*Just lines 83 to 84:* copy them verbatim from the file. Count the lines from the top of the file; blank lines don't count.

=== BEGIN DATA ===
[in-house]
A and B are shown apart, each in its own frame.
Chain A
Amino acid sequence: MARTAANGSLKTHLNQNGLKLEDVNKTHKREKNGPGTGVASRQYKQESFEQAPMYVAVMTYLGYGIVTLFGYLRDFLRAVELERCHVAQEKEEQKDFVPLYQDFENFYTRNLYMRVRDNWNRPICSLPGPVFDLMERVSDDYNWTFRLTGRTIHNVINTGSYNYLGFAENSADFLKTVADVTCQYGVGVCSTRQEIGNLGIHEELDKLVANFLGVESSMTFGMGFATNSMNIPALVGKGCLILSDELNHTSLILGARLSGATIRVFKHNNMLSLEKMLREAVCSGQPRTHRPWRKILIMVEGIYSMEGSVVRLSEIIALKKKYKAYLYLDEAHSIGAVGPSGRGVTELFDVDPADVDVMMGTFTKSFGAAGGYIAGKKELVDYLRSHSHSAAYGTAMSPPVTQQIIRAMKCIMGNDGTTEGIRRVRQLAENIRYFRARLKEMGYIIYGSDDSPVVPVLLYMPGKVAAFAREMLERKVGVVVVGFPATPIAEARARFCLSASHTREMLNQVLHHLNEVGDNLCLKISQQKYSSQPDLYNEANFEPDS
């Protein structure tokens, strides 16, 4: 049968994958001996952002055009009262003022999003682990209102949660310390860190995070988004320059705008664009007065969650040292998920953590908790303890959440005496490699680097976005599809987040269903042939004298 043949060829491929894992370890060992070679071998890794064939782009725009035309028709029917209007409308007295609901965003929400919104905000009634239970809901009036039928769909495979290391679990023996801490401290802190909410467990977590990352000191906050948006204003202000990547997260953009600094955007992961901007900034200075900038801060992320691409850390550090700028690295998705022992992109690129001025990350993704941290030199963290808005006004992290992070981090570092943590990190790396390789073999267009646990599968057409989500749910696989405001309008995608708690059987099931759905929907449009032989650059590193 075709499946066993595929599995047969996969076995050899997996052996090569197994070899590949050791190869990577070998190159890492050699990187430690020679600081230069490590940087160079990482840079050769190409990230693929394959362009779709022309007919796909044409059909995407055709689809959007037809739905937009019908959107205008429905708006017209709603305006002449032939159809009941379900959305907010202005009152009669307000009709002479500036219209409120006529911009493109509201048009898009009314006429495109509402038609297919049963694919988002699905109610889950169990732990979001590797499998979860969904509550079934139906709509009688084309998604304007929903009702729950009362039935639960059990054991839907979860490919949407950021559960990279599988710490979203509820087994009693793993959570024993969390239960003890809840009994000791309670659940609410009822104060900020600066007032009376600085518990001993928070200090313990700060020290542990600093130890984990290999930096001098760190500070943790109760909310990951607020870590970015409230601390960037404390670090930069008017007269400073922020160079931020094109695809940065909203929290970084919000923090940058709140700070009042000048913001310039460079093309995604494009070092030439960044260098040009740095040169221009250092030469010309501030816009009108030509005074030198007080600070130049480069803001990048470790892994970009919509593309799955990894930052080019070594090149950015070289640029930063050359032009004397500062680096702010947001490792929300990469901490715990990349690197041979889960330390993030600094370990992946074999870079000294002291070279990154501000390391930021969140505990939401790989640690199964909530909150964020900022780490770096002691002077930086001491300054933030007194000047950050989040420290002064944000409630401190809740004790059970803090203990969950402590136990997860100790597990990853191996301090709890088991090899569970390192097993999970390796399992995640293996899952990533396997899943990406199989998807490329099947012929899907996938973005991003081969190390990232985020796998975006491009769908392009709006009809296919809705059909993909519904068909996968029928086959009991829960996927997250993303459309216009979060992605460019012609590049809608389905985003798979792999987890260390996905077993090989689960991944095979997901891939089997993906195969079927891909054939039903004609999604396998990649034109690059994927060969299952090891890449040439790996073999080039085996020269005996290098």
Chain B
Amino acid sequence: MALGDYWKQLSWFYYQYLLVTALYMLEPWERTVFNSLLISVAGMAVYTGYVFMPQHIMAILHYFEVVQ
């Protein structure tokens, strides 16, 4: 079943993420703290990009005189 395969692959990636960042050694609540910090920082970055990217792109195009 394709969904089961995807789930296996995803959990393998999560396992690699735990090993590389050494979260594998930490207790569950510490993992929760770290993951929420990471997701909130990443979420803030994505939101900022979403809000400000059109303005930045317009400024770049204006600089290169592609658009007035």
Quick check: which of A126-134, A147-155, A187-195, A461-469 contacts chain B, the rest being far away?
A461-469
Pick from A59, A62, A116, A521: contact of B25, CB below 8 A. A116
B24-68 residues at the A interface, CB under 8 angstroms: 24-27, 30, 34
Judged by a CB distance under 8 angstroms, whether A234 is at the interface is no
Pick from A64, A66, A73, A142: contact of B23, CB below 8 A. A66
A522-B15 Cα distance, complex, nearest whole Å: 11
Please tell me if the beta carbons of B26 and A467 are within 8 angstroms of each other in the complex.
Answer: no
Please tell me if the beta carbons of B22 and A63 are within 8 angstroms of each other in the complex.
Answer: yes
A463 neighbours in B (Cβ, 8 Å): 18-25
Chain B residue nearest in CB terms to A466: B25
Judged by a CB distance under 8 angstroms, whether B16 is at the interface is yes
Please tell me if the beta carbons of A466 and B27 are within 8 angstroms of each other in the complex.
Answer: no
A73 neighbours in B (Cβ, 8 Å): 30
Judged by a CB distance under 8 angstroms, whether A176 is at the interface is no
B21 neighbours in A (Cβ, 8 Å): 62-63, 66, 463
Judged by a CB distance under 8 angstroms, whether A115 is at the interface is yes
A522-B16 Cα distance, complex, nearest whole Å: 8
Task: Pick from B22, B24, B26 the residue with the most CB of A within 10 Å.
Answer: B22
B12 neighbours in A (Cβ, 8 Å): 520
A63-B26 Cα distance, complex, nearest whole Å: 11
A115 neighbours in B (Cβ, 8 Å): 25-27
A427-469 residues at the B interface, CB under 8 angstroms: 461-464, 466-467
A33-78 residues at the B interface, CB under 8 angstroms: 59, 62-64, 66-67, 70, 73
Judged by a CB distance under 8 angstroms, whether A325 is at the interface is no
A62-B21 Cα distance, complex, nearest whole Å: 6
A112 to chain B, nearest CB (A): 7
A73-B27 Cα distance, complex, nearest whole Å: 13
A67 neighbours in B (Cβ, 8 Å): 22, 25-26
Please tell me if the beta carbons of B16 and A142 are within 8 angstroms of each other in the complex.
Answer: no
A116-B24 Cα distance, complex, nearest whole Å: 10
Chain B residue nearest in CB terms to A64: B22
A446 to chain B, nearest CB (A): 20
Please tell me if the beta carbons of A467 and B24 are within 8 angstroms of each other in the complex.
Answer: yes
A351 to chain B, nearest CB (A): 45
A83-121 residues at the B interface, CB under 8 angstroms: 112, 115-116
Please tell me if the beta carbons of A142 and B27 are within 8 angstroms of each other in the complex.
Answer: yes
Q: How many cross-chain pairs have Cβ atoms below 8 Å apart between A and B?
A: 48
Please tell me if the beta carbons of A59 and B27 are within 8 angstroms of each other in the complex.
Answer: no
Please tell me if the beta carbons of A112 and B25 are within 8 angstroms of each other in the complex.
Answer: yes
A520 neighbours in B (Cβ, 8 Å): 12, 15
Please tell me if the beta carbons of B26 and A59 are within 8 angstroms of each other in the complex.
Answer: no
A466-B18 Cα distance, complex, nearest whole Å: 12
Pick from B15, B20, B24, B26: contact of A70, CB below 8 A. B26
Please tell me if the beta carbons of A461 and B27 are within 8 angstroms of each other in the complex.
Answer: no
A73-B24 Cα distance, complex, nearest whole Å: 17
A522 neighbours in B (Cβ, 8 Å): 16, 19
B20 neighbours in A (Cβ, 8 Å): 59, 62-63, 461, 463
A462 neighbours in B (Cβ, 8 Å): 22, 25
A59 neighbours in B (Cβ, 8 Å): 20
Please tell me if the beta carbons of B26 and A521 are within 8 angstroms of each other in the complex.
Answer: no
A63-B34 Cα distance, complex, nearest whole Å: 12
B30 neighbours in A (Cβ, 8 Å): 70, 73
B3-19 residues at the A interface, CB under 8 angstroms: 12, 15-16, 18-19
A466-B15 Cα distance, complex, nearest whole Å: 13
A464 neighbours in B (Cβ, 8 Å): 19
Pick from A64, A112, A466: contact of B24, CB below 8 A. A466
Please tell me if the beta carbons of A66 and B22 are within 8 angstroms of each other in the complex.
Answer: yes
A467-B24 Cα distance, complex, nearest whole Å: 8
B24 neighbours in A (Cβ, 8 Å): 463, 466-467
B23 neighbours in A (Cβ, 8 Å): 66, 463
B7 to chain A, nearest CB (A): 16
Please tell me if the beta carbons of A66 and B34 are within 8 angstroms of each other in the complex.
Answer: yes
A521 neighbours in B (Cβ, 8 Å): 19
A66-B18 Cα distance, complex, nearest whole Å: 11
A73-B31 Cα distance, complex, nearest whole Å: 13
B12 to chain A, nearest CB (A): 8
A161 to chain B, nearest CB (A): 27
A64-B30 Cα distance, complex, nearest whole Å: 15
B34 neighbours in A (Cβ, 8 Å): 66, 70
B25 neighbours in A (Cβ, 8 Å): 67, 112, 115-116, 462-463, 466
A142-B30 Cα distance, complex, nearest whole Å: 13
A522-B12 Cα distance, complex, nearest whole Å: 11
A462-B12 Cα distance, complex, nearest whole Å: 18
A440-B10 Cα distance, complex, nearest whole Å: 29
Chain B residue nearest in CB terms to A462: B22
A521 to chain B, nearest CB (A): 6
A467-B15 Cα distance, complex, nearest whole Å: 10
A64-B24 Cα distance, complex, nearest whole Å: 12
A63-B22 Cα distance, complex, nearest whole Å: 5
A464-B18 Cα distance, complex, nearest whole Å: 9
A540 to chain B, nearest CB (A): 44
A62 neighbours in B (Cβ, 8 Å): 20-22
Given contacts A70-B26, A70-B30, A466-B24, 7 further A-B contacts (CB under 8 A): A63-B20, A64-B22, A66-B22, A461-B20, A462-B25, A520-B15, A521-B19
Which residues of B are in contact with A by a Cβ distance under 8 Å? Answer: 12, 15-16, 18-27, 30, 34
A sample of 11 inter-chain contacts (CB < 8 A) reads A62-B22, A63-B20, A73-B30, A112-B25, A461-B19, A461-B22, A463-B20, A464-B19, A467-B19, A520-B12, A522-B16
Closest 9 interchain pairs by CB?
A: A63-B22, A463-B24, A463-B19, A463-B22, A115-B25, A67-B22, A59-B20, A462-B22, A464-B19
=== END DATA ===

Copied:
B23 neighbours in A (Cβ, 8 Å): 66, 463
B7 to chain A, nearest CB (A): 16